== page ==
We descended by the unrelenting Stob a Choire Odhair which is the North East arrete of Ladhair Bheinn leading directly and steeply down to our camp site for 3000 feet or so. We saw a number of deer on the way. At the bottom we were crossing a grass meadow and my legs buckled underneath me and they were just like jelly - I couldn't have been very fit, but it was a very demanding descent, and no it wasn't the whisky!

We were back at the tent about 8:00 p.m. and proceeded to make repairs to the outside of the boat's hull with Elastoplast daubed with Nickwax, and this enabled us to make our return trip to Kinlochourn without much bailing the following morning. From Kinlochourn we drove straight home. 

I had done a round trip of 720 miles and got back in time to see Jill win an important swimming race we had been anticipating for some time.   

Departure from Preston

Breakfast at Kinlochhourn. Tom has a degree in chemistry with a resultant attention to detail in food and other preperations


Note the hair style

Towards the sea

Refuelling and...

...a bit later attention to damage

Boat repairs - Tom's attention to detail shining through again in this study
Elastoplast and Nickwax save the day

The old Blacks Good Companions Major (with A poles and sewn in groundsheet!)

From well up on Ladhar Beinn

Very steep grass ledges to come

Tom on the summit

I see from this Tom was carrying his ice axe

As is so often clouds cleared as we descended

Spot the tent

Approximate only depiction of route 

General location for followers from abroad who may not be familiar with UK geography


  1. I love everything about this post. The fact that you have such a detailed account AND could lay your hands on the photos that went with it; the non-standard way you got around a logistical problem; the visual of the dingy almost dwarfing the car as it sits atop it (hate to think what it did to your MPG!); not to mention the unexpected adversity (particularly holing the boat and the patching thereof). A veritable adventure!

    I'm guessing that this trip hasn't been erased from your memory in the same way as the 1984 Carlin Gill trip?

  2. Incidentally, the second photo down does look a little like you had popped a white-hulled boat into the boot of the car too.

  3. Pure unadulterated nostalgia. Excellent.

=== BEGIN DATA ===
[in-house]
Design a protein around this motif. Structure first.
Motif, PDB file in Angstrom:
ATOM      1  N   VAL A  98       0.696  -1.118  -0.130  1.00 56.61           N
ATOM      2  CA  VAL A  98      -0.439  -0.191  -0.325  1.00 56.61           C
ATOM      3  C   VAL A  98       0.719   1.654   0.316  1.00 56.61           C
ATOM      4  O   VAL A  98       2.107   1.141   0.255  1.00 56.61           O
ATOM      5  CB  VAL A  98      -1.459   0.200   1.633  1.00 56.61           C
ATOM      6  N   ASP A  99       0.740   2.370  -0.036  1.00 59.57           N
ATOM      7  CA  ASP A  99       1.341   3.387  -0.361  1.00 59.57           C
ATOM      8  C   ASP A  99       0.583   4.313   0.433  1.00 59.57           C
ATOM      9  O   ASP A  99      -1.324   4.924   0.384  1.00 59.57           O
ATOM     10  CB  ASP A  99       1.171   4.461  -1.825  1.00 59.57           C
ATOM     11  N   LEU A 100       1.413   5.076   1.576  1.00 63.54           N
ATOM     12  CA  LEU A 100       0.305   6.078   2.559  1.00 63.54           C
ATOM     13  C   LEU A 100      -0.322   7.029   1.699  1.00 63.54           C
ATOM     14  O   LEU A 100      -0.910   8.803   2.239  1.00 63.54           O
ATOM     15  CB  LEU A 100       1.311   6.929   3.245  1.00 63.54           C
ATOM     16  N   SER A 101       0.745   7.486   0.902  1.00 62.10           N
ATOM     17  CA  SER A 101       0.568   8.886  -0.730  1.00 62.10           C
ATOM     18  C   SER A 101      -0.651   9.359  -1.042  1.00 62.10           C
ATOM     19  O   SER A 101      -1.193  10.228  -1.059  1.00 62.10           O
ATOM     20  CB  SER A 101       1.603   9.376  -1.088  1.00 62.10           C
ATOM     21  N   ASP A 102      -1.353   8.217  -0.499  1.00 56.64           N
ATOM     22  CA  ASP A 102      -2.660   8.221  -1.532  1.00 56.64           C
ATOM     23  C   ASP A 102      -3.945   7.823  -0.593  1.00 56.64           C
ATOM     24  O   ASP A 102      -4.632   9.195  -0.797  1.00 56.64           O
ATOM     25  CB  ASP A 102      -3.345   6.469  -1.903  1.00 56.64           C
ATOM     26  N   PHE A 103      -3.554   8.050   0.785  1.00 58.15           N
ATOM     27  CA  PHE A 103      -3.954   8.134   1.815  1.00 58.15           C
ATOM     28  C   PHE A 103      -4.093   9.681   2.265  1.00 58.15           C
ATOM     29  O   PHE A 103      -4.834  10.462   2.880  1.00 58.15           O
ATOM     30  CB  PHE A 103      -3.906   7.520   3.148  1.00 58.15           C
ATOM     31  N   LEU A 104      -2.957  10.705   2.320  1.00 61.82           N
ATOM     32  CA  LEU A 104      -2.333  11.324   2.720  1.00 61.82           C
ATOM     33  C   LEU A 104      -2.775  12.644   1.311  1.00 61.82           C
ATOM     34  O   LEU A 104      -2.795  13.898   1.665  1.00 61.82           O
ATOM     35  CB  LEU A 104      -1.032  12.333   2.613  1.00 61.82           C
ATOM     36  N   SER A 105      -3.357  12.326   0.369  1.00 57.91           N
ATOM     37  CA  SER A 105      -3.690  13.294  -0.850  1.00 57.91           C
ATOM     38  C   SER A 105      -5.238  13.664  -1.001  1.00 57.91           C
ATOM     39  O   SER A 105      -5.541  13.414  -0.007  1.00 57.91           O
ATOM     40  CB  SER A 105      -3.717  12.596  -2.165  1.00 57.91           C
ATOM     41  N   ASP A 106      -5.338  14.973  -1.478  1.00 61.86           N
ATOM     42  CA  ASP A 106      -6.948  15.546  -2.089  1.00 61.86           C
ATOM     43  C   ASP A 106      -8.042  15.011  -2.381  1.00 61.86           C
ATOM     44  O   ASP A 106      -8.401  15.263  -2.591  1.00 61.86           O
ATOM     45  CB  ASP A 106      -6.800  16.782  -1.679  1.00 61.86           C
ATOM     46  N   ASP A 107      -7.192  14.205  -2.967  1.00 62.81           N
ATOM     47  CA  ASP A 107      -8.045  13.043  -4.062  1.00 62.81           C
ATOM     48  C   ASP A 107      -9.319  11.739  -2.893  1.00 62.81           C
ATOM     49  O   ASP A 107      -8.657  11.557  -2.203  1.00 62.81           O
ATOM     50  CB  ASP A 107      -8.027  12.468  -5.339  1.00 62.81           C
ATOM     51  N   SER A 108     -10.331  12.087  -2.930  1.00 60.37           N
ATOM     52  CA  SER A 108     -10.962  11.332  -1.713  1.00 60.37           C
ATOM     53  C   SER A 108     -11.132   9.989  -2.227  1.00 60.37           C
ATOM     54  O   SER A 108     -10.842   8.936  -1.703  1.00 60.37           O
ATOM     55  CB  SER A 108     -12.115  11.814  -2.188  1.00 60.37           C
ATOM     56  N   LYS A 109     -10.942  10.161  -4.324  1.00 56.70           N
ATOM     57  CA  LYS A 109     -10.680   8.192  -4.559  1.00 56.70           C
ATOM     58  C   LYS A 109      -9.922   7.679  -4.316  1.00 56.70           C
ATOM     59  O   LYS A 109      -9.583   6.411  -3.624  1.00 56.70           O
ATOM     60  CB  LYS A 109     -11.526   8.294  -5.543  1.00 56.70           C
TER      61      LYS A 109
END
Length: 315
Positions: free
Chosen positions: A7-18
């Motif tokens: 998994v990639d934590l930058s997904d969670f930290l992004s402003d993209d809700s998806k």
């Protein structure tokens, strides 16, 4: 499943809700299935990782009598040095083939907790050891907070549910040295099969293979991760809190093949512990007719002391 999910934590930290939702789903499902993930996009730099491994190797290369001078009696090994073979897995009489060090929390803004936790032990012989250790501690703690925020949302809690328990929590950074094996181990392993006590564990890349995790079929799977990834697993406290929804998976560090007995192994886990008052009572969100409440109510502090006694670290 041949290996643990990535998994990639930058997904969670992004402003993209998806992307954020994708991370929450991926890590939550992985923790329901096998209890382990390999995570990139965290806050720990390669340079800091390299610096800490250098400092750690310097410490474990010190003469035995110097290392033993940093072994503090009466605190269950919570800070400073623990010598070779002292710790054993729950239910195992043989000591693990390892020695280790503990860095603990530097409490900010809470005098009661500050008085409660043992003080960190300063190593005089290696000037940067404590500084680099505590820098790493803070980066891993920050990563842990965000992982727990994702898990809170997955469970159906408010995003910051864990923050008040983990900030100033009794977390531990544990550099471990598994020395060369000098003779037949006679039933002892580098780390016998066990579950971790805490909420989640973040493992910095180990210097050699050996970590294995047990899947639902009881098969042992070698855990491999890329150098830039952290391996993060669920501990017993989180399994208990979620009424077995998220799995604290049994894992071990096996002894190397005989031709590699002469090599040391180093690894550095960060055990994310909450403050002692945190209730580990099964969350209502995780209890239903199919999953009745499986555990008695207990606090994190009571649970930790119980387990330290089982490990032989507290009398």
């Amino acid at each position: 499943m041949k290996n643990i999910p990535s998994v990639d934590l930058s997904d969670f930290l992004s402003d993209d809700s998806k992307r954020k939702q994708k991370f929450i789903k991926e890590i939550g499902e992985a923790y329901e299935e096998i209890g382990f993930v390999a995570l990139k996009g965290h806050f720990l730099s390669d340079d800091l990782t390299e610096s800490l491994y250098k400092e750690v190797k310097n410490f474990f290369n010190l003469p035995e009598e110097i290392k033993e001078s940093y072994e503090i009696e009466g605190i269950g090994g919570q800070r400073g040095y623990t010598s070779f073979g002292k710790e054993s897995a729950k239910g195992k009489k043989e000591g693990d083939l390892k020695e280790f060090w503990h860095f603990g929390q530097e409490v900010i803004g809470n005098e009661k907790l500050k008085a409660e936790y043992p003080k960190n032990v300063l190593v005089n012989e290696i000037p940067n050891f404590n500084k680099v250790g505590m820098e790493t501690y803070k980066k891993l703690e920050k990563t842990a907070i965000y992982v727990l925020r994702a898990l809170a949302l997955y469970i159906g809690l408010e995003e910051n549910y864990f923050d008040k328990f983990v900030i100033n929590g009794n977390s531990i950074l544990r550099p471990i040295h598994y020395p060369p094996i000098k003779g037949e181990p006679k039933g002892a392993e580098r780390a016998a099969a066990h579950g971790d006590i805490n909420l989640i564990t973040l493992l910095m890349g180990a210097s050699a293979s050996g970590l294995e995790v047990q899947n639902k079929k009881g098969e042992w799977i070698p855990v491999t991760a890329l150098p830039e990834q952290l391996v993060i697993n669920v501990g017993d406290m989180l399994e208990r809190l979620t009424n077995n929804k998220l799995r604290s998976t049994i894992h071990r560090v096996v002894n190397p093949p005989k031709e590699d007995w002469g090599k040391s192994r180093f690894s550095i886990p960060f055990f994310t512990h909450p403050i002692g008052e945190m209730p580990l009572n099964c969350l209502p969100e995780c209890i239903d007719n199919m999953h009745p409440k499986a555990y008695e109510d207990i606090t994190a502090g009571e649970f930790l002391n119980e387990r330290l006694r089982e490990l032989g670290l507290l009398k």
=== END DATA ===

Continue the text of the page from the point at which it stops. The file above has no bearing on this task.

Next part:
4. Gayle - the whit boat was nothing to do with us. The company car was burdened enough with the Mirror.


    BC - I may have more to come when I get back fro the Angles Way

  5. What a wonderful adventure! Glad you managed to patch the boat. I’ve made the same trip down Loch Hourn, but with an experienced ferryman, and he kept to the north shore and was clearly nervous of rocks. Incredible views from the top of that mountain.

  6. That really was one of the very very best- unforgettable - a sort of non-lethal commando raid (even down to evading the flak from the form mistress on arriving back a day later than promised !) - no memory of the cloud clearing on the top - as it did on Sgritheall a year or so earlier - but your record of 1984 must rank before my 2019 memory, however infallible that might be!
    (ps some of the images are of different days and places and exploits)
    Not a bad idea to post tales of such pleasures past : more please !

  7. Ruth -by whatever means you manage to visit that part of the world it will provide a memory for lifetime.

    Gimmer- the photos all came from the 1000 35mm. slides I had digitised. They were slightly mixed up but I couldn't face or guarantee I could sort them. I would be interested to hear which you think are not relevant to that trip. I know the boat repair ones are not in chrono order but the way I did it seemed to fit the story - a little bit of editor's licence.

  8. the ice axe - from Bowfell towards the Langdale pikes (with 'that' crag) - and the view down from the Crinkles to Upper Eskdale with Harter Fell at the top left:
    the others are 'echte'

    for such a range of pleasures and enjoyments, I cannot think of another quite like it - could never go back - would shatter the memory
    - unlike, say, Sheigra, which with its own constantly changing magic, makes every return a new 'experience' (if that were not such a devalued word these days !)